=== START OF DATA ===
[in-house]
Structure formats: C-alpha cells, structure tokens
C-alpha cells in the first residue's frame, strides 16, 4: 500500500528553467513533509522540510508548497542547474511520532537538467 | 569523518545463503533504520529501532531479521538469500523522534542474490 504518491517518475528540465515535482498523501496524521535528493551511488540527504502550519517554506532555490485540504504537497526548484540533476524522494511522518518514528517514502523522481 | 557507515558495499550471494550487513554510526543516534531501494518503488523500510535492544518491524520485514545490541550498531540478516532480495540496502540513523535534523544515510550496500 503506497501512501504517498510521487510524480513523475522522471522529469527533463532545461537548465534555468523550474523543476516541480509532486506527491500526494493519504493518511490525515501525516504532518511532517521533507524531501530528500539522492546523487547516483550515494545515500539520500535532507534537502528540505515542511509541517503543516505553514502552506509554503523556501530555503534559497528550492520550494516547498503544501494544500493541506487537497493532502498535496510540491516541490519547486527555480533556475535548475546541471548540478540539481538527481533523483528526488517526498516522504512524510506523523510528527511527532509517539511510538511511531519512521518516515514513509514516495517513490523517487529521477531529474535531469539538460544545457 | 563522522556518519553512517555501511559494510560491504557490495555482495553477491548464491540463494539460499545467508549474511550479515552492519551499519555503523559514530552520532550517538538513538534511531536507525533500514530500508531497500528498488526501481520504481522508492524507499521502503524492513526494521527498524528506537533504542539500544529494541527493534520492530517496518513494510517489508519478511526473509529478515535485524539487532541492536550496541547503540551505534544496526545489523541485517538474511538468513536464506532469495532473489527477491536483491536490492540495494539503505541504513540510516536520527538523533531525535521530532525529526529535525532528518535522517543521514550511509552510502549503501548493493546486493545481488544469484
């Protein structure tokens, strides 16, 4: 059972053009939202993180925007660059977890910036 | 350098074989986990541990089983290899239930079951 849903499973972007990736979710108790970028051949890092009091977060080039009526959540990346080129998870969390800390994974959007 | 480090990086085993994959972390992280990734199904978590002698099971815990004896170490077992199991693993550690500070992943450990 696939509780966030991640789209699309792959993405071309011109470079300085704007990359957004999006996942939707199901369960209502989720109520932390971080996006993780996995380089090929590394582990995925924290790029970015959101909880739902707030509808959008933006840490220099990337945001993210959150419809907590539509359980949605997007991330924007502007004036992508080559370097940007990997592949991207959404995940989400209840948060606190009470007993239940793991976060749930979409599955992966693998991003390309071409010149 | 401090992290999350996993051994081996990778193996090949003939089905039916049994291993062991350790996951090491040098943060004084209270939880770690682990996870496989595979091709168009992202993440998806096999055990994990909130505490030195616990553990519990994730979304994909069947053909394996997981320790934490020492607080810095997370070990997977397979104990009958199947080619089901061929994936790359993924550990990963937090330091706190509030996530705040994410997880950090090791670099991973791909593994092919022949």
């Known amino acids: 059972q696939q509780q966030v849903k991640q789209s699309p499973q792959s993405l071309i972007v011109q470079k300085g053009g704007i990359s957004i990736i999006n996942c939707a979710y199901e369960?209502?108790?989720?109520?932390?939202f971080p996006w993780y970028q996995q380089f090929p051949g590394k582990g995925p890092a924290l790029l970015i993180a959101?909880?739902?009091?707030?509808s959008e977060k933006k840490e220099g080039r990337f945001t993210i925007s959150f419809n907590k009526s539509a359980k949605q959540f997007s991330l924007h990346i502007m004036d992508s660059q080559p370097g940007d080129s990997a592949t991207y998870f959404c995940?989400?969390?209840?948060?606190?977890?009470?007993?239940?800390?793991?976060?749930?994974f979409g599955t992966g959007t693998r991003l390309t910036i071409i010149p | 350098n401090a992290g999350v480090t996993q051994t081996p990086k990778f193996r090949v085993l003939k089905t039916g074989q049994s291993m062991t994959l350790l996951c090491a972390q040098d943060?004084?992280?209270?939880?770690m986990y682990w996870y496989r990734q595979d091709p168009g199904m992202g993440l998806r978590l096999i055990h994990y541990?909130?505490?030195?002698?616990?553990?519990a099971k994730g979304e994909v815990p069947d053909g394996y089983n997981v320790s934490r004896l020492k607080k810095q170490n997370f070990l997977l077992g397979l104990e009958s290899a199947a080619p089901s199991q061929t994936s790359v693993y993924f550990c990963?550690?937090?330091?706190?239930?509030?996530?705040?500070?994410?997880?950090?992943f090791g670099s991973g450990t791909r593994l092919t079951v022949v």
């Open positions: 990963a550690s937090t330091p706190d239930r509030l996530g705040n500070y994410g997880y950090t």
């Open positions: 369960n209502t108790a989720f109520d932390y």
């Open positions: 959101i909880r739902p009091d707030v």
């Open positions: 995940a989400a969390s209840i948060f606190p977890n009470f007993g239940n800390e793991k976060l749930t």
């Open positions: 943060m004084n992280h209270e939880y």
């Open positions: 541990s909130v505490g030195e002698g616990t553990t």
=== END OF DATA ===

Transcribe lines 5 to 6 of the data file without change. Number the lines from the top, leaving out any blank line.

């Known amino acids: 059972q696939q509780q966030v849903k991640q789209s699309p499973q792959s993405l071309i972007v011109q470079k300085g053009g704007i990359s957004i990736i999006n996942c939707a979710y199901e369960?209502?108790?989720?109520?932390?939202f971080p996006w993780y970028q996995q380089f090929p051949g590394k582990g995925p890092a924290l790029l970015i993180a959101?909880?739902?009091?707030?509808s959008e977060k933006k840490e220099g080039r990337f945001t993210i925007s959150f419809n907590k009526s539509a359980k949605q959540f997007s991330l924007h990346i502007m004036d992508s660059q080559p370097g940007d080129s990997a592949t991207y998870f959404c995940?989400?969390?209840?948060?606190?977890?009470?007993?239940?800390?793991?976060?749930?994974f979409g599955t992966g959007t693998r991003l390309t910036i071409i010149p | 350098n401090a992290g999350v480090t996993q051994t081996p990086k990778f193996r090949v085993l003939k089905t039916g074989q049994s291993m062991t994959l350790l996951c090491a972390q040098d943060?004084?992280?209270?939880?770690m986990y682990w996870y496989r990734q595979d091709p168009g199904m992202g993440l998806r978590l096999i055990h994990y541990?909130?505490?030195?002698?616990?553990?519990a099971k994730g979304e994909v815990p069947d053909g394996y089983n997981v320790s934490r004896l020492k607080k810095q170490n997370f070990l997977l077992g397979l104990e009958s290899a199947a080619p089901s199991q061929t994936s790359v693993y993924f550990c990963?550690?937090?330091?706190?239930?509030?996530?705040?500070?994410?997880?950090?992943f090791g670099s991973g450990t791909r593994l092919t079951v022949v």
């Open positions: 990963a550690s937090t330091p706190d239930r509030l996530g705040n500070y994410g997880y950090t």